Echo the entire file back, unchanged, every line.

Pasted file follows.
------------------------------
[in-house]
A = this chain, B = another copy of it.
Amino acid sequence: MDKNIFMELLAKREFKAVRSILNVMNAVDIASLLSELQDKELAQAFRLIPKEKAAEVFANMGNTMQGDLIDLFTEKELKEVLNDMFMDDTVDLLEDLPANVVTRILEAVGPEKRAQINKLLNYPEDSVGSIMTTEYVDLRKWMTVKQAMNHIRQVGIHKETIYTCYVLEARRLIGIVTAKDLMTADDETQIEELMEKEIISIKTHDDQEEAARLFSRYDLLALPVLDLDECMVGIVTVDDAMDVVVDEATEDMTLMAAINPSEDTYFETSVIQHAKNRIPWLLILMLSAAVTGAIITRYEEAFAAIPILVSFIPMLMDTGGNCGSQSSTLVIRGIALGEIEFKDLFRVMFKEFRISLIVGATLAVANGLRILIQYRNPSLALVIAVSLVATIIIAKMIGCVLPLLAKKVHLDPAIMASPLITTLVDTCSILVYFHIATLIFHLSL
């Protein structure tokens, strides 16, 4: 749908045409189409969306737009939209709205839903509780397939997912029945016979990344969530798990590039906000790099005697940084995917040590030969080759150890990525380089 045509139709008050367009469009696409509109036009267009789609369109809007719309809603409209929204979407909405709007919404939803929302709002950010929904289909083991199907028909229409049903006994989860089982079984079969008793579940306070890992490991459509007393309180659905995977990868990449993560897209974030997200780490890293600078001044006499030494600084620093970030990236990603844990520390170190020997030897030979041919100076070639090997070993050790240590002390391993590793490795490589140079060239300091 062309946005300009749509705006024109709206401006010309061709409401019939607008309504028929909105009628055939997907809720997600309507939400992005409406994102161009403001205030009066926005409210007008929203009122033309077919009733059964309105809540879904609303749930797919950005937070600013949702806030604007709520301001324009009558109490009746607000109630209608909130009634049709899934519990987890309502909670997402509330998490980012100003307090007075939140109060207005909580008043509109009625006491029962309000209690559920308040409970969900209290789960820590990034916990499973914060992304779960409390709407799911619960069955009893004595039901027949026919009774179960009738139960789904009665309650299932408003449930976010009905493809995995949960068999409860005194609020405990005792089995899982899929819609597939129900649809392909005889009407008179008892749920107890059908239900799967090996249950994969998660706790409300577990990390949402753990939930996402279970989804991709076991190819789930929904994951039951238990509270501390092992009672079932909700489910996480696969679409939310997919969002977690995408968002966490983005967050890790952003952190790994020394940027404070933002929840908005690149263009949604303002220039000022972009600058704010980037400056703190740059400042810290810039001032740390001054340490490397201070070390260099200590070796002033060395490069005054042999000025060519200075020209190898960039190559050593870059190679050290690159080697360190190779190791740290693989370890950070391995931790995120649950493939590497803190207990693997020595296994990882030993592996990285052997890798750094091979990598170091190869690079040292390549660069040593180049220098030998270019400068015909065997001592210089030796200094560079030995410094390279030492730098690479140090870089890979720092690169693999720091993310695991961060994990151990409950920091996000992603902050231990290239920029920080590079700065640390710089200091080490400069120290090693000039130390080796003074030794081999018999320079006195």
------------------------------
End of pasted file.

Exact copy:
[in-house]
A = this chain, B = another copy of it.
Amino acid sequence: MDKNIFMELLAKREFKAVRSILNVMNAVDIASLLSELQDKELAQAFRLIPKEKAAEVFANMGNTMQGDLIDLFTEKELKEVLNDMFMDDTVDLLEDLPANVVTRILEAVGPEKRAQINKLLNYPEDSVGSIMTTEYVDLRKWMTVKQAMNHIRQVGIHKETIYTCYVLEARRLIGIVTAKDLMTADDETQIEELMEKEIISIKTHDDQEEAARLFSRYDLLALPVLDLDECMVGIVTVDDAMDVVVDEATEDMTLMAAINPSEDTYFETSVIQHAKNRIPWLLILMLSAAVTGAIITRYEEAFAAIPILVSFIPMLMDTGGNCGSQSSTLVIRGIALGEIEFKDLFRVMFKEFRISLIVGATLAVANGLRILIQYRNPSLALVIAVSLVATIIIAKMIGCVLPLLAKKVHLDPAIMASPLITTLVDTCSILVYFHIATLIFHLSL
């Protein structure tokens, strides 16, 4: 749908045409189409969306737009939209709205839903509780397939997912029945016979990344969530798990590039906000790099005697940084995917040590030969080759150890990525380089 045509139709008050367009469009696409509109036009267009789609369109809007719309809603409209929204979407909405709007919404939803929302709002950010929904289909083991199907028909229409049903006994989860089982079984079969008793579940306070890992490991459509007393309180659905995977990868990449993560897209974030997200780490890293600078001044006499030494600084620093970030990236990603844990520390170190020997030897030979041919100076070639090997070993050790240590002390391993590793490795490589140079060239300091 062309946005300009749509705006024109709206401006010309061709409401019939607008309504028929909105009628055939997907809720997600309507939400992005409406994102161009403001205030009066926005409210007008929203009122033309077919009733059964309105809540879904609303749930797919950005937070600013949702806030604007709520301001324009009558109490009746607000109630209608909130009634049709899934519990987890309502909670997402509330998490980012100003307090007075939140109060207005909580008043509109009625006491029962309000209690559920308040409970969900209290789960820590990034916990499973914060992304779960409390709407799911619960069955009893004595039901027949026919009774179960009738139960789904009665309650299932408003449930976010009905493809995995949960068999409860005194609020405990005792089995899982899929819609597939129900649809392909005889009407008179008892749920107890059908239900799967090996249950994969998660706790409300577990990390949402753990939930996402279970989804991709076991190819789930929904994951039951238990509270501390092992009672079932909700489910996480696969679409939310997919969002977690995408968002966490983005967050890790952003952190790994020394940027404070933002929840908005690149263009949604303002220039000022972009600058704010980037400056703190740059400042810290810039001032740390001054340490490397201070070390260099200590070796002033060395490069005054042999000025060519200075020209190898960039190559050593870059190679050290690159080697360190190779190791740290693989370890950070391995931790995120649950493939590497803190207990693997020595296994990882030993592996990285052997890798750094091979990598170091190869690079040292390549660069040593180049220098030998270019400068015909065997001592210089030796200094560079030995410094390279030492730098690479140090870089890979720092690169693999720091993310695991961060994990151990409950920091996000992603902050231990290239920029920080590079700065640390710089200091080490400069120290090693000039130390080796003074030794081999018999320079006195």